Then the most elaborate attempts were made to increase the amount of food in Germany. Every scrap of land on which anything could be grown should grow something useful. Little plots only six or eight feet square in front of the houses along the streets of German cities were dug up and planted with potatoes. All vacant lots were worked by the school children under the direction of their teachers in accordance with the orders given by the government. Planting potatoes was more important during the war than learning lessons, and the children represented just so much labor.

Great attempts were made to increase the number of cattle so as to augment the amount of milk, butter, and meat. The breeding of swine was encouraged because bacon and ham were the meats which kept best and were therefore most suitable for the army.

They did their best to think of everything that could be reserved, or increased, or portioned out so as to make it last. The British had expected that the blockade would very soon compel Germany to surrender for lack of food, copper, cotton, and rubber with which to continue the war. But the war ended because the German army was beaten, not because the German people were starving nor because they did not have enough war material to fight on. Somehow or other, substitutes were provided for things they could not get. Clothes were made of paper, bicycles and automobiles were given iron tires, or the tire was set on springs. "Coffee" was made from grain, and a soft sort of steel served the purpose of copper. The doctors told them that they had eaten too much in Germany anyway, had worn more clothing than they needed, and had kept the houses warmer than was good for them. They could just as well get along without. And they did. The German people at the end of the war were thinner than at the beginning, but they did not die for lack of food. At first the bread and meat cards were believed in London and Paris to be proof that Germany was weakening and would soon surrender. They were, however, merely German precautions, taken with the usual German thoroughness, to make sure that they should not be defeated from lack of forethought.

The Campaign of 1916

The fortunes of war in 1915 had taught the Allies that a speedy victory was perhaps too much to hope for. They had learned that the character of modern warfare required a sort of preparation which they had not had time to make. It required an unlimited amount of ammunition which the British had made elaborate plans to produce in May, 1915, but which could not arrive on the battlefield for some time. The British army was training rapidly and rounding into form but experience had shown that it was not yet the sort of offensive instrument the Allies were going to need.

The Allied generals and statesmen were more convinced than ever that the advantage of numbers lay on their side. General Joffre, who was still in command, thought that "nibbling" was a possibility still and sure to bring results. If the Germans would only attack, the French could kill a few more Germans each time than they lost themselves and thus the German army would wear away little by little. The initial success of the Germans was ascribed to superiority in numbers and not to superiority of equipment, preparation, organization, or training. Now as the new British and Russian troops arrived, the Allies would grow stronger each month, and the Germans, inasmuch as they were being killed, must be getting weaker each month. There was therefore some disposition among the Allied generals and statesmen to play a waiting game, to let the numbers pile up a little; to wait until unlimited ammunition should arrive; until the new big guns should be finished, and the new British army should be thoroughly trained.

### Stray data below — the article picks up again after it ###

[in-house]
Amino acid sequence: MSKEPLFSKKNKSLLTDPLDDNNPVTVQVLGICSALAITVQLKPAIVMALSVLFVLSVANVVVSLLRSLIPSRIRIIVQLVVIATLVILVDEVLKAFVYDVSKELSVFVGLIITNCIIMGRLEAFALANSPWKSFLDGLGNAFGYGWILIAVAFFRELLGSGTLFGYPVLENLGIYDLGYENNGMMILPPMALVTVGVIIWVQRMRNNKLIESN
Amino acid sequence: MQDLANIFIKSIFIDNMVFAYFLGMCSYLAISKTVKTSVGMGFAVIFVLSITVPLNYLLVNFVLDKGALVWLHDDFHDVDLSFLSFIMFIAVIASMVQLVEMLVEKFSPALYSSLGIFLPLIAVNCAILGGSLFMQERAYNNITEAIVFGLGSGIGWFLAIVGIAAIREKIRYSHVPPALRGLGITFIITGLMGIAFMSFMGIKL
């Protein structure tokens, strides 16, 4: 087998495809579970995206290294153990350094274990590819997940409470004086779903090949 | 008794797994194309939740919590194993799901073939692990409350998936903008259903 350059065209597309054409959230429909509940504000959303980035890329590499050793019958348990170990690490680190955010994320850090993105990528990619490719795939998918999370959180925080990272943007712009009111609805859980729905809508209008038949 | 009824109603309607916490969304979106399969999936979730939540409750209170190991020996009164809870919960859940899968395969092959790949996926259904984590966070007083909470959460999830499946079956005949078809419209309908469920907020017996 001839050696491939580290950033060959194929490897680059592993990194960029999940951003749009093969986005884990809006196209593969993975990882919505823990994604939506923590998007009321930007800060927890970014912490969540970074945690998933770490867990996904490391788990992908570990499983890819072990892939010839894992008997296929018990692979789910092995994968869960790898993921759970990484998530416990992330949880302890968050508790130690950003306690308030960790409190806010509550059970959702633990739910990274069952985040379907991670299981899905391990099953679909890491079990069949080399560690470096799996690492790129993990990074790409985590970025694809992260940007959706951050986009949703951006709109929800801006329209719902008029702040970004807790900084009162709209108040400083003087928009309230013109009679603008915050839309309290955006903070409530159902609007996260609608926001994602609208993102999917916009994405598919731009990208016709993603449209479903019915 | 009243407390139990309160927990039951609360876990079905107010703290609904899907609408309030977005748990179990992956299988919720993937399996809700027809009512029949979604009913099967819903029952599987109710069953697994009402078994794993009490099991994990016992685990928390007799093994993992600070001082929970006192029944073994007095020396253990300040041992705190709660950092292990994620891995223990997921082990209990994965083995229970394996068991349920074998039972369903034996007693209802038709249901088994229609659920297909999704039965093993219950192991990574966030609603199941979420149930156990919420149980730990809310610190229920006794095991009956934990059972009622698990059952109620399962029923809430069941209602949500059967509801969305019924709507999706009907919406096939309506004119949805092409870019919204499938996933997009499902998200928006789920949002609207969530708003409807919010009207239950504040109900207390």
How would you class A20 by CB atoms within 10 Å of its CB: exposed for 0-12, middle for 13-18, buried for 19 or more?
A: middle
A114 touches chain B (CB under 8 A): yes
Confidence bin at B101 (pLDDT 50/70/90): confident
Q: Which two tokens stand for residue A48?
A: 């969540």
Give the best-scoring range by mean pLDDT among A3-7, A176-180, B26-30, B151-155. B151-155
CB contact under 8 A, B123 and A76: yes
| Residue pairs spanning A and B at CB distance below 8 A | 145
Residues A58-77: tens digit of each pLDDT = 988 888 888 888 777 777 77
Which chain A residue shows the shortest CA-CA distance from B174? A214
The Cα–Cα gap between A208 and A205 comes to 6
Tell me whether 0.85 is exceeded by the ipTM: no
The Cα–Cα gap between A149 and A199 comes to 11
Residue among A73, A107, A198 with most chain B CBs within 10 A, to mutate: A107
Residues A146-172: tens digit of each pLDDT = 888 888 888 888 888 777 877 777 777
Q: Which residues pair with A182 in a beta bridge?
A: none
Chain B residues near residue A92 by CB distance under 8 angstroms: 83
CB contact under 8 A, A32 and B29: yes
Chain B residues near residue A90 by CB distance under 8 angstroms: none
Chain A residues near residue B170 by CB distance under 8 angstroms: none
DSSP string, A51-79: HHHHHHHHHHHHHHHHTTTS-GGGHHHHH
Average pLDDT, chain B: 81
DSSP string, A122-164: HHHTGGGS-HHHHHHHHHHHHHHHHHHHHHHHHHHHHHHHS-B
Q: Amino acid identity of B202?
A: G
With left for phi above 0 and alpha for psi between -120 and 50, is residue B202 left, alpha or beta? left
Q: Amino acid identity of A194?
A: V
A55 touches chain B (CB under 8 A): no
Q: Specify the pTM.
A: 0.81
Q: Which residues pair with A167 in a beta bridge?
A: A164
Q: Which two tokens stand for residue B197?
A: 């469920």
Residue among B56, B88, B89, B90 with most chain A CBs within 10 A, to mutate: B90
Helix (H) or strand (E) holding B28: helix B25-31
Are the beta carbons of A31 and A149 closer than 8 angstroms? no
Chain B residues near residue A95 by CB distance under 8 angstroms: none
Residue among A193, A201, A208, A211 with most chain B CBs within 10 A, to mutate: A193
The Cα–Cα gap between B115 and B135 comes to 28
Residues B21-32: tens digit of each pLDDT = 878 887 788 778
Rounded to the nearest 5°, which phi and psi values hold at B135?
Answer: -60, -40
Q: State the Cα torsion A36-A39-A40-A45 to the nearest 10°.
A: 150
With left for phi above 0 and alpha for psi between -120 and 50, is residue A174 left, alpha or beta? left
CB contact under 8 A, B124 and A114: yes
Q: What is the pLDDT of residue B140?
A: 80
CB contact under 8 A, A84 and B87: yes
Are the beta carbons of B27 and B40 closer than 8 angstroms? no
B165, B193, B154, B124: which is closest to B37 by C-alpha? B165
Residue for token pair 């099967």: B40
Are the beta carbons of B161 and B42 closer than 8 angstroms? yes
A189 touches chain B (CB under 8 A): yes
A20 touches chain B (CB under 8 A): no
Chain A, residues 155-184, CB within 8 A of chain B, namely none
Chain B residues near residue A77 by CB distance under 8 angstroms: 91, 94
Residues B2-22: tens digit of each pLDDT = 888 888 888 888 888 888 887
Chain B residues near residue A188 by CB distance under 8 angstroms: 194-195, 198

Allied Gains, 1915


Much also was expected from the blockade which, by the end of 1915, was extraordinarily efficient. The fleet in the North Sea was doing its work well and the German submarine did not seem as yet to be particularly dangerous. Certainly no one believed in England that the submarine could break the blockade. As time went on, therefore, the German supplies of all the things they did not produce must be getting lower and lower. The rubber, cotton, and copper were being used up. The food supplies were diminishing. The majority in London and Paris felt that a moment must come when the economic pressure must make itself felt on the German battle line and weaken the strength of the army for attack and for defense. When that moment came the Allies would know that victory was at hand. For this reason also there was a certain disposition to wait and not to attack too soon in 1916. There was as well the tradition of the Marne. By not forcing the issue, by not attacking too soon, by choosing the right moment, Joffre had in the end won a smashing victory. The same sort of tactics men thought would have the same result in 1916.

But when the British army should be ready and the ammunition should arrive, the Allies proposed to deliver a simultaneous attack on three fronts, and they proposed this time to keep it up, week in and week out, until they broke through the German defense. If the attack only was simultaneous, if there was only enough artillery behind it and enough men, and if only it was kept up long enough, they did not believe that the Germans could resist it. The sustaining of the attack until the Germans broke was to be the great factor.